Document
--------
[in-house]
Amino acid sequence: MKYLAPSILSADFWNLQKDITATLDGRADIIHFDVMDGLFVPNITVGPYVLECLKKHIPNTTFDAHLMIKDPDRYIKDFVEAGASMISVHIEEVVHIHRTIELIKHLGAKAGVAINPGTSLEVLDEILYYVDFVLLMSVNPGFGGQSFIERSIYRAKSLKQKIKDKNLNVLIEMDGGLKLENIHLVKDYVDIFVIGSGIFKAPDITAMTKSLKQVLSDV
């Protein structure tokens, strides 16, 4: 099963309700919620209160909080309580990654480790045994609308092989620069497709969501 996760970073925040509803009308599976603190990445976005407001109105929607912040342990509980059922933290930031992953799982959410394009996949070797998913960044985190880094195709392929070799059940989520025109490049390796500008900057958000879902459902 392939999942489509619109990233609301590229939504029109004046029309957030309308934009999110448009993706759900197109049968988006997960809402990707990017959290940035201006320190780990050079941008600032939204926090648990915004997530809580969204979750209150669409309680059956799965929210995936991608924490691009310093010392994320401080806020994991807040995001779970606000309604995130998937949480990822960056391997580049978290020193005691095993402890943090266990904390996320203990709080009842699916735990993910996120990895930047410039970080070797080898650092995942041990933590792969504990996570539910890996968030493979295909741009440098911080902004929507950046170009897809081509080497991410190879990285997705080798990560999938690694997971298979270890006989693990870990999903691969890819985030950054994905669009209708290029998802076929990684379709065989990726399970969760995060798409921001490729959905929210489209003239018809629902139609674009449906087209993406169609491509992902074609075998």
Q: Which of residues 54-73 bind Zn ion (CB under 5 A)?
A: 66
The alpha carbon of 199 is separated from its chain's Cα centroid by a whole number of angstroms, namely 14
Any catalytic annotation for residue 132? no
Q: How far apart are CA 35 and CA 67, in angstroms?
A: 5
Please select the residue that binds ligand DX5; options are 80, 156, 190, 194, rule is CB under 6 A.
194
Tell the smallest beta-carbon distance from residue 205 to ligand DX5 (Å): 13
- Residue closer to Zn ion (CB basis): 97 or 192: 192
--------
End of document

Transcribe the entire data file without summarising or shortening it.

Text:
[in-house]
Amino acid sequence: MKYLAPSILSADFWNLQKDITATLDGRADIIHFDVMDGLFVPNITVGPYVLECLKKHIPNTTFDAHLMIKDPDRYIKDFVEAGASMISVHIEEVVHIHRTIELIKHLGAKAGVAINPGTSLEVLDEILYYVDFVLLMSVNPGFGGQSFIERSIYRAKSLKQKIKDKNLNVLIEMDGGLKLENIHLVKDYVDIFVIGSGIFKAPDITAMTKSLKQVLSDV
């Protein structure tokens, strides 16, 4: 099963309700919620209160909080309580990654480790045994609308092989620069497709969501 996760970073925040509803009308599976603190990445976005407001109105929607912040342990509980059922933290930031992953799982959410394009996949070797998913960044985190880094195709392929070799059940989520025109490049390796500008900057958000879902459902 392939999942489509619109990233609301590229939504029109004046029309957030309308934009999110448009993706759900197109049968988006997960809402990707990017959290940035201006320190780990050079941008600032939204926090648990915004997530809580969204979750209150669409309680059956799965929210995936991608924490691009310093010392994320401080806020994991807040995001779970606000309604995130998937949480990822960056391997580049978290020193005691095993402890943090266990904390996320203990709080009842699916735990993910996120990895930047410039970080070797080898650092995942041990933590792969504990996570539910890996968030493979295909741009440098911080902004929507950046170009897809081509080497991410190879990285997705080798990560999938690694997971298979270890006989693990870990999903691969890819985030950054994905669009209708290029998802076929990684379709065989990726399970969760995060798409921001490729959905929210489209003239018809629902139609674009449906087209993406169609491509992902074609075998």
Q: Which of residues 54-73 bind Zn ion (CB under 5 A)?
A: 66
The alpha carbon of 199 is separated from its chain's Cα centroid by a whole number of angstroms, namely 14
Any catalytic annotation for residue 132? no
Q: How far apart are CA 35 and CA 67, in angstroms?
A: 5
Please select the residue that binds ligand DX5; options are 80, 156, 190, 194, rule is CB under 6 A.
194
Tell the smallest beta-carbon distance from residue 205 to ligand DX5 (Å): 13
- Residue closer to Zn ion (CB basis): 97 or 192: 192